Struggling U.S. Gives Israel Largest Aid Package Ever
With more unemployed people than at any time in U.S. history, President Obama next week is scheduled to sign the most lavish foreign aid package in the country’s history – $3.1 billion in military assistance to Israel – raising an urgent question: can the U.S. afford it?
The United States already transfers $3.1 billion in taxpayer money to Israel every year, far more than any other country, but the deal that will be signed into law next week will guarantee foreign aid to the country until the year 2027, a decade after Obama has left office. In Monday’s edition of The Intercept, the journalist Glenn Greenwald notes that Israeli living standards already surpass those in the U.S. in some critical areas.
While Israeli citizens enjoy universal health care, 33 million citizens in the United States don’t have coverage, Greenwald notes. Israelis also have a higher life expectancy, 82.27 years, compared to 79.68 years in the U.S. And Israel’s infant mortality rate – one of the best indicators of human development – is one of the lowest in the world, at 3.55 deaths for every 1,000 live births. Conversely, in the United States, 5.87 babies die before their first birthday.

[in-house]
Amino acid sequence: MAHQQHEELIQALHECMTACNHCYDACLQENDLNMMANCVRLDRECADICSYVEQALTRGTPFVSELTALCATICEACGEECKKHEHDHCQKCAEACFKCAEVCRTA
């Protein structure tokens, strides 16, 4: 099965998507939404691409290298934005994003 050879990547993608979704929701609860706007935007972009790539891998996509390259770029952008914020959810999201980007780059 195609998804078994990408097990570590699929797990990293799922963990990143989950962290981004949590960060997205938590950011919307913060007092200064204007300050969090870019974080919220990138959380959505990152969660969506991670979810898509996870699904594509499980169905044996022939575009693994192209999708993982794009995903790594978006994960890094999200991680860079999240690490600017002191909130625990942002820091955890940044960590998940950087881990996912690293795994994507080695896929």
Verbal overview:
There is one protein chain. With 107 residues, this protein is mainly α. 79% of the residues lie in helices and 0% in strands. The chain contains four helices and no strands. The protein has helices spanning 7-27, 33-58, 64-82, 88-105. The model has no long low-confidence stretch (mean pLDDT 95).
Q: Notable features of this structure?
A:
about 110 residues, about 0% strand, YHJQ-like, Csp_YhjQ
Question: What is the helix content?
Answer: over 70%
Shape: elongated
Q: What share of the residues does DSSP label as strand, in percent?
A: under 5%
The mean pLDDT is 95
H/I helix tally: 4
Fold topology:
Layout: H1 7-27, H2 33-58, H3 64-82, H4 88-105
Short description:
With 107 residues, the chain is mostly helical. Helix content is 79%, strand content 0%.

The U.S. Bureau of Labor Statistics reported last year that the number of Americans 16 years and older who were not in the workforce eclipsed 93 million people, an all-time high and nearly a third of the total US population of 321 million.
A 2012 Congressional Resources Service report, as reported by The Intercept, found that “U.S. military aid [to Israel] has helped transform Israel’s armed forces into one of the most technologically sophisticated militaries in the world.” Despite that aid, Israeli Prime Minister Benjamin Netanyahu has reportedly demanded as much as US$5 billion in aid a year.
What’s more, he has also opposed U.S. requirements that some of that money is spent with U.S. military contractors rather than Israeli ones. With the U.S. presidential elections just three months away, both political parties are campaigning to restore the once-vaunted middle-class prosperity in the country, but Israeli aid is all-but-sacrosanct in the electoral discourse. Early in the campaign Trump had suggested that he might not oppose the international Boycott, Divestment and Sanctions movement, or BDS, against Israeli-made products – but has since reversed his position.